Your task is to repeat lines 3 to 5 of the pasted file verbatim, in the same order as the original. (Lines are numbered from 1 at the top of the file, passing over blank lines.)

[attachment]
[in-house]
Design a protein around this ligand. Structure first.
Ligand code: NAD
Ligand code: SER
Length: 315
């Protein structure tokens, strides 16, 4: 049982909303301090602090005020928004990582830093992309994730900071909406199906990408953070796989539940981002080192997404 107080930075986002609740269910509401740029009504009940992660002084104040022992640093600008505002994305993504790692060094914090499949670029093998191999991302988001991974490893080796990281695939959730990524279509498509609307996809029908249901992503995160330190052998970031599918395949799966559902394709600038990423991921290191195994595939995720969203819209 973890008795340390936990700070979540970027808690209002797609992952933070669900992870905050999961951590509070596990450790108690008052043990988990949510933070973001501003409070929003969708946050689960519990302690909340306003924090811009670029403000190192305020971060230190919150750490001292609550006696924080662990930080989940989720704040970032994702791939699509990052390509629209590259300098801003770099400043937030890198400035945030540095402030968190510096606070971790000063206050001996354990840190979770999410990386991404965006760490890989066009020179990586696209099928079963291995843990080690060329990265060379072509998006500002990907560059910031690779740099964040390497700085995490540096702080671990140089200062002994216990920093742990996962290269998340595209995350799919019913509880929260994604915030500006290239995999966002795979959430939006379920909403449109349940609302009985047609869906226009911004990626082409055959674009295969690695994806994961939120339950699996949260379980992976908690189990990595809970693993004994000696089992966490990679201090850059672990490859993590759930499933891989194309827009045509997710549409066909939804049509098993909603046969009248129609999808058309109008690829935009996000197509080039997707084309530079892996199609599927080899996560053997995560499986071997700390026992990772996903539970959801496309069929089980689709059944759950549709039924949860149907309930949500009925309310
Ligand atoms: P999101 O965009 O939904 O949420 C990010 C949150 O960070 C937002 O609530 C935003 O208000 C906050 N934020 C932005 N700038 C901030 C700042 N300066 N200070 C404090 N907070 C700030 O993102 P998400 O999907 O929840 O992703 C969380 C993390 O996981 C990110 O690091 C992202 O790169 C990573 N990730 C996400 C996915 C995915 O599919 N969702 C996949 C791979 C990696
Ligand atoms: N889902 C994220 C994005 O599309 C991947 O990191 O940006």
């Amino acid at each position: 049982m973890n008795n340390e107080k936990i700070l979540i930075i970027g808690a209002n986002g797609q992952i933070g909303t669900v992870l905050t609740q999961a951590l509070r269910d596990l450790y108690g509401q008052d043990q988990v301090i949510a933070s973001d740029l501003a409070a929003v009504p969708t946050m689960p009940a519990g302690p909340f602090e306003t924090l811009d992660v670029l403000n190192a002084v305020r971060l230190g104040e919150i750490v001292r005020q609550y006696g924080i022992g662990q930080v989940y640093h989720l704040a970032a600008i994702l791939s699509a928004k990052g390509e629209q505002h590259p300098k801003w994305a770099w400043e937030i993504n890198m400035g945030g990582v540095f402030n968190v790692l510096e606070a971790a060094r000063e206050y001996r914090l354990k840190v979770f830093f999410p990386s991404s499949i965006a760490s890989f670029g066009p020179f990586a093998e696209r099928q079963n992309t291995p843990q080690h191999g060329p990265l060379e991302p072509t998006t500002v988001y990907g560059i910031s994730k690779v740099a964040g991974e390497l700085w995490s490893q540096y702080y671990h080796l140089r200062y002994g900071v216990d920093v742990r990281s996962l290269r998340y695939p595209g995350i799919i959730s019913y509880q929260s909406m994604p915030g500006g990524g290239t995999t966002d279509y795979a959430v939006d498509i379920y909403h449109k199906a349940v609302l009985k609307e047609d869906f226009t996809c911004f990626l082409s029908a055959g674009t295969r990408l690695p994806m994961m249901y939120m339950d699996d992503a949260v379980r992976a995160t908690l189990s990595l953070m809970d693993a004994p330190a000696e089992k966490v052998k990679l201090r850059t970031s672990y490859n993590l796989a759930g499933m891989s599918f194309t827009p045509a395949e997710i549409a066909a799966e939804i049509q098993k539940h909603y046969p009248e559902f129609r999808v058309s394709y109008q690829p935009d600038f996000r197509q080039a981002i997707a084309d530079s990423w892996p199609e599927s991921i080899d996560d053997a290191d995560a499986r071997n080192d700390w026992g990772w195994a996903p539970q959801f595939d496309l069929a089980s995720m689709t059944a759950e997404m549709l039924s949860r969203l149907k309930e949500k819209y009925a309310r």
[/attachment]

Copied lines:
Ligand code: NAD
Ligand code: SER
Length: 315